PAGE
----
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Great information. This downturn doesn't intuitively seem as tough on young people as previous ones, although I wondered if it was just me, because this time I'm neither young nor unemployed. The last graph shows how much worse things were for unemployed young people in the early 1990s (when I left Canada for US grad school).

But since people are still complaining, I'm wondering if there is some data on the types of jobs being done, on involuntary part-time work, or maybe real wage levels or wages compared to the price of basket of goods over time? I`m asking if there is any economic data that shows whether young people have it so much worse off today?

(housing prices maybe? and not to buy a bungalow in Vancouver, but maybe to rent a small apartment? or is it just that "expenses" are up (computer, iphone, latte habit, clothing tastes, etc.)

What would be really interesting would be to take that first unemployment graph, and overlay the governing party in Canada on the bottom of the chart. We might get a nice picture of which governing party has been better for unemployment.

Why have employed and unemployment diverged so much?

I'd also look at "self-employed" as well as underemployment (the US tracks part-time workers due to economic reasons as a measure of this).

Frances - I'm not sure what you mean.

Stephen, I meant the unemployed and the unemployment rate. But I get it now, it's due to population growth, and # of unemployed is in '000s. It would be interesting to compare unemployed/population and unemployed/labour force i.e. unemployed/(employed+unemployed).


Interesting post. Ont point though, you say:

"In August 2011, there were 1.516m people unemployed, and there were 729,000 people who were unemployed for 5 weeks or more in September 2011. This suggests that 1.516m - 729k = 787,000 (52%) of the those who were unemployed in August found a job within the next month."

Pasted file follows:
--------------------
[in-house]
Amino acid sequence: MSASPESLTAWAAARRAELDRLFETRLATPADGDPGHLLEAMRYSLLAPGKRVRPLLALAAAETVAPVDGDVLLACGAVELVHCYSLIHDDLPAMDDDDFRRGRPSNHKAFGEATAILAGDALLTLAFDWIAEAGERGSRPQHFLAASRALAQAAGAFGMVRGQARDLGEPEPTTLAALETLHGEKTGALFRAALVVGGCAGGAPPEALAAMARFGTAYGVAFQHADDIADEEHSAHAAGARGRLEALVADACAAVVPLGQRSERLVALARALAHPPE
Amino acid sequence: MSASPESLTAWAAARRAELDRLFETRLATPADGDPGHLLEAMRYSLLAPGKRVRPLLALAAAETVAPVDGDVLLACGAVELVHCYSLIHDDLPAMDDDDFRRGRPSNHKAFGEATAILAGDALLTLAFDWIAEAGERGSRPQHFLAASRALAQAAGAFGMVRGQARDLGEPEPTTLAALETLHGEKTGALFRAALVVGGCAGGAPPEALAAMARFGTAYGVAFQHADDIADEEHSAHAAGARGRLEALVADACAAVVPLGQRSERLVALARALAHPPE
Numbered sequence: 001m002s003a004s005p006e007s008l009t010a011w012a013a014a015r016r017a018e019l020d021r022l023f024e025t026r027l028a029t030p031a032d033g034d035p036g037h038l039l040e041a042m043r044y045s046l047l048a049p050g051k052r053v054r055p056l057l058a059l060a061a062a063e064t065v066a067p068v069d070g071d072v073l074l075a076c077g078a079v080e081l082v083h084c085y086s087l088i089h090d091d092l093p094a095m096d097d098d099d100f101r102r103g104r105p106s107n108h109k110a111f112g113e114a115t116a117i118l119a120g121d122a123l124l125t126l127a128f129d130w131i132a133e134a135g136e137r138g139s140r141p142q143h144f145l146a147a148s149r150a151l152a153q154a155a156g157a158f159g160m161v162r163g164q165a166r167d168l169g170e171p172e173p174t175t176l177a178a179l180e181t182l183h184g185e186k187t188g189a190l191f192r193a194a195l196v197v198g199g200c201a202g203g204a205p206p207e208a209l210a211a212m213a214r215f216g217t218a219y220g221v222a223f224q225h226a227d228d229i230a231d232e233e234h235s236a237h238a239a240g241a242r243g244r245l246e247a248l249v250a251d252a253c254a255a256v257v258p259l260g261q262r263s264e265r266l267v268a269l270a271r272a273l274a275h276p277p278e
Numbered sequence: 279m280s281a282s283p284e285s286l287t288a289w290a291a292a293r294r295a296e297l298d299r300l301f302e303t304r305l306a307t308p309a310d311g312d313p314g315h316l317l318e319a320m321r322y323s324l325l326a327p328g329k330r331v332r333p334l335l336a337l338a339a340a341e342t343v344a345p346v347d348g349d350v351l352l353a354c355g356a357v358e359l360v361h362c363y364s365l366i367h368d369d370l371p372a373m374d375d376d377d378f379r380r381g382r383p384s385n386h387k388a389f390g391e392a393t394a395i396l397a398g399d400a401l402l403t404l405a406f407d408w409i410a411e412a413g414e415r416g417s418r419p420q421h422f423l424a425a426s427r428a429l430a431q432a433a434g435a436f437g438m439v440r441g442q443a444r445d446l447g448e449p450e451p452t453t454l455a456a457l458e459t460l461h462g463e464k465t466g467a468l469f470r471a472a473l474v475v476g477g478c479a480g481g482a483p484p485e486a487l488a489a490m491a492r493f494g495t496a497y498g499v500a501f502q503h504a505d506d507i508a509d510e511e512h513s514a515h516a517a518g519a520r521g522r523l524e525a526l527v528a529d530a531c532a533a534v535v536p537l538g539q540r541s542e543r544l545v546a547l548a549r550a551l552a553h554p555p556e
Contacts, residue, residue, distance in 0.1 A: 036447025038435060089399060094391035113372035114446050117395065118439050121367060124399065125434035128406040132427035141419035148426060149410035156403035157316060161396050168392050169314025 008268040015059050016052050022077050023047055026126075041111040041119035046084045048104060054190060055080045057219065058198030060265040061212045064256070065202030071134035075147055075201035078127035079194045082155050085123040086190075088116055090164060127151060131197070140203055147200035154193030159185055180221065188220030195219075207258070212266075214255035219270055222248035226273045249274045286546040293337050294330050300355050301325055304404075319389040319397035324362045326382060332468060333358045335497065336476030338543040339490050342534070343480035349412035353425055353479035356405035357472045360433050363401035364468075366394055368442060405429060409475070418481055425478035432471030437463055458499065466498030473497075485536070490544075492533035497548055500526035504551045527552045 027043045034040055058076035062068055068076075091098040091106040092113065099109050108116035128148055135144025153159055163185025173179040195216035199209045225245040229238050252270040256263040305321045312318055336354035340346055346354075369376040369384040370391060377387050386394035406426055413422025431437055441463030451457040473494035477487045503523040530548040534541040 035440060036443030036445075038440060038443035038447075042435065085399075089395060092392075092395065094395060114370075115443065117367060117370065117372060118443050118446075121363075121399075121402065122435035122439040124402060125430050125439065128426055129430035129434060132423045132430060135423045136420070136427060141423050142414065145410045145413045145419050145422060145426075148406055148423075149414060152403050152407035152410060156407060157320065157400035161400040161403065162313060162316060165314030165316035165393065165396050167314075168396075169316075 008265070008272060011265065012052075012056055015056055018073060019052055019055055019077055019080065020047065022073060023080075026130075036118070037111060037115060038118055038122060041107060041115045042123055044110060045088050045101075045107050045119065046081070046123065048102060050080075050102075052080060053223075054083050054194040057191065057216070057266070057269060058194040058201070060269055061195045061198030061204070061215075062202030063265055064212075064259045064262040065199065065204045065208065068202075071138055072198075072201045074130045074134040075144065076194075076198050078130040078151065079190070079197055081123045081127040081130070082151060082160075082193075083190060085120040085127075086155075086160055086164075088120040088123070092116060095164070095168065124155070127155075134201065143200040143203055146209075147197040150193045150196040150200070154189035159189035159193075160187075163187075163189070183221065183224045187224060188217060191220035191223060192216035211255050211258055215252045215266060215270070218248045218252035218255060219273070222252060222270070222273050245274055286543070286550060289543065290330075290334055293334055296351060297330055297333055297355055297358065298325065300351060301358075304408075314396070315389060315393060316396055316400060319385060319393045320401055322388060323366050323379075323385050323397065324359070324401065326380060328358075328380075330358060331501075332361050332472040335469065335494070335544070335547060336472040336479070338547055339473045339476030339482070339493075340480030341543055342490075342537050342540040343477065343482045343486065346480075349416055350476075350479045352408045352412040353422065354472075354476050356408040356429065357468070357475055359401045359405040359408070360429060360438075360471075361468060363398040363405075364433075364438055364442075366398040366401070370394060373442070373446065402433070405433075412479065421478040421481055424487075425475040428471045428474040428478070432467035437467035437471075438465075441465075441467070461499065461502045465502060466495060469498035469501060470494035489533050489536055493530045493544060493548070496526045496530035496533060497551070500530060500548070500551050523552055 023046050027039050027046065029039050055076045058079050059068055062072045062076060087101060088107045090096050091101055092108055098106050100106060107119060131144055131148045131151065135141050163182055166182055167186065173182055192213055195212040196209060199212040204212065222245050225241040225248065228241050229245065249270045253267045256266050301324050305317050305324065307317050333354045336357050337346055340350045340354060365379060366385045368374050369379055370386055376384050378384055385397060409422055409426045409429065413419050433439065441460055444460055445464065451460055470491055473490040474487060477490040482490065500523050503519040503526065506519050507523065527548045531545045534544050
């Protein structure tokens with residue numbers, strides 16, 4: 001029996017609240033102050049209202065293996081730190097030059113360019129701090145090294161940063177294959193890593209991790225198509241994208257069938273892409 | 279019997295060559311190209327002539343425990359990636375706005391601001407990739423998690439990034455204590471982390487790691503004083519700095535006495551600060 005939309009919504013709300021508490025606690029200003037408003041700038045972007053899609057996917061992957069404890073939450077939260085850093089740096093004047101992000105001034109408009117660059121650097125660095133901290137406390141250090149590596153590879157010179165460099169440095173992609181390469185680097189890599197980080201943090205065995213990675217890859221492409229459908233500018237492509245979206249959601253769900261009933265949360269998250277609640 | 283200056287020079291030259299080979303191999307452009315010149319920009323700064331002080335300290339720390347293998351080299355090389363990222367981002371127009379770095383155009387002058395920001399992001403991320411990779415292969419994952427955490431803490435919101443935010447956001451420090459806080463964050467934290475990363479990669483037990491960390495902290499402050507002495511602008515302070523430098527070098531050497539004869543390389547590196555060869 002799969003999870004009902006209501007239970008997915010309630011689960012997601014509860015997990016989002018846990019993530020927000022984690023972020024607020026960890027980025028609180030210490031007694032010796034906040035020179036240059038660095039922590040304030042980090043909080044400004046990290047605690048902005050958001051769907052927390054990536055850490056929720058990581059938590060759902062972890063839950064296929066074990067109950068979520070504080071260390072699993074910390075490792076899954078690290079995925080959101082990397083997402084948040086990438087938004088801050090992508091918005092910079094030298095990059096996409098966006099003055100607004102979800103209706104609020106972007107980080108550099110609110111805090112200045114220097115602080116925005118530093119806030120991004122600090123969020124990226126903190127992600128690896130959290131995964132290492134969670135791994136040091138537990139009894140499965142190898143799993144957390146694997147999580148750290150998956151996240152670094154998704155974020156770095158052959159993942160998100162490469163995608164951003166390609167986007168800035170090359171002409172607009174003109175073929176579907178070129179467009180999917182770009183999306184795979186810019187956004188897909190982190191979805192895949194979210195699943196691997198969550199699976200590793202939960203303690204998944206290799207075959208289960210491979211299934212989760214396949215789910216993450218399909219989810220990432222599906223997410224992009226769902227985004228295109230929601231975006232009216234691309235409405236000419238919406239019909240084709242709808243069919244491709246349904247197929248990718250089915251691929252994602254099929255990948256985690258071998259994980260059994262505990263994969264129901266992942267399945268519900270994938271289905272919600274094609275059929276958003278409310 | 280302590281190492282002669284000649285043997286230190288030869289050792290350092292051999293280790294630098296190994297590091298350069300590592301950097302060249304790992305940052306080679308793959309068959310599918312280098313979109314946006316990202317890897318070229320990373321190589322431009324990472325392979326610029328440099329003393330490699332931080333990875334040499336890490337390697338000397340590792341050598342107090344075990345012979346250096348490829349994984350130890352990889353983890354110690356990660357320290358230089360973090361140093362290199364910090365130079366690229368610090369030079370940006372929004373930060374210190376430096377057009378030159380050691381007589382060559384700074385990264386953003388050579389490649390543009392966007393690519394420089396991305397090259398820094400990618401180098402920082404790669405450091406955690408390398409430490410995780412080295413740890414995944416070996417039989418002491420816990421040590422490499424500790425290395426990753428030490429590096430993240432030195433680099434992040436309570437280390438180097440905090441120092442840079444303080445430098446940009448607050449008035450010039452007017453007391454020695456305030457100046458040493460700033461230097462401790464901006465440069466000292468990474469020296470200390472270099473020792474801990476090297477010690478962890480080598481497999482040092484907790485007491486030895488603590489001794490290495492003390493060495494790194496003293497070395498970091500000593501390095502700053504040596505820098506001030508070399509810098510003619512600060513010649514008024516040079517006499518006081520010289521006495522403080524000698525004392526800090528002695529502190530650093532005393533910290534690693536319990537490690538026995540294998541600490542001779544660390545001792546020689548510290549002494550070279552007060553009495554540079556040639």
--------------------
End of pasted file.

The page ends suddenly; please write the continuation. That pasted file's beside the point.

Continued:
I think you need to also need to take into account flows from unemployment to Not-in-labour-force (NLF). Stephen Jones' CPP 1993 paper shows that these flows are pretty big (he had monthly hazard rate at .22 from unemployment to employment vs. .17 from unemployment to NLF).

Gah - you're quite right. I should have thought of that.

Damn. Maybe I can get something from participation rates....

"But since people are still complaining"

Complaining I guess because they have jobs, but perhaps neither the job nor the wage they wanted. Haven't wages been fairly stagant? That would cause unhappiness to build-up over time.

How do you document working at a gas station or on shifts at a call centre for $12/hour when you got a degree and wanted to go into something with $40K and 9-5 hours?

There is a statutory bias to encourage that behaviour in the EI system and it's reinforced through cultural and social norms in Canada.

But the person in that situation is caught in a Stag Hunt problem: they can't find an employer who will pay them enough and provide them opportunities to reach their full potential.

This is why when I heard a recent piece on CBC about a think tank wanting Canada to become an economy of the educated and high-skilled I wondered "Yeah, and where are we going to get the financial capital to set up those companies and enable them to take that kind of risk?"

Skills doesn't mean much if you don't have the financial capital to exploit them.

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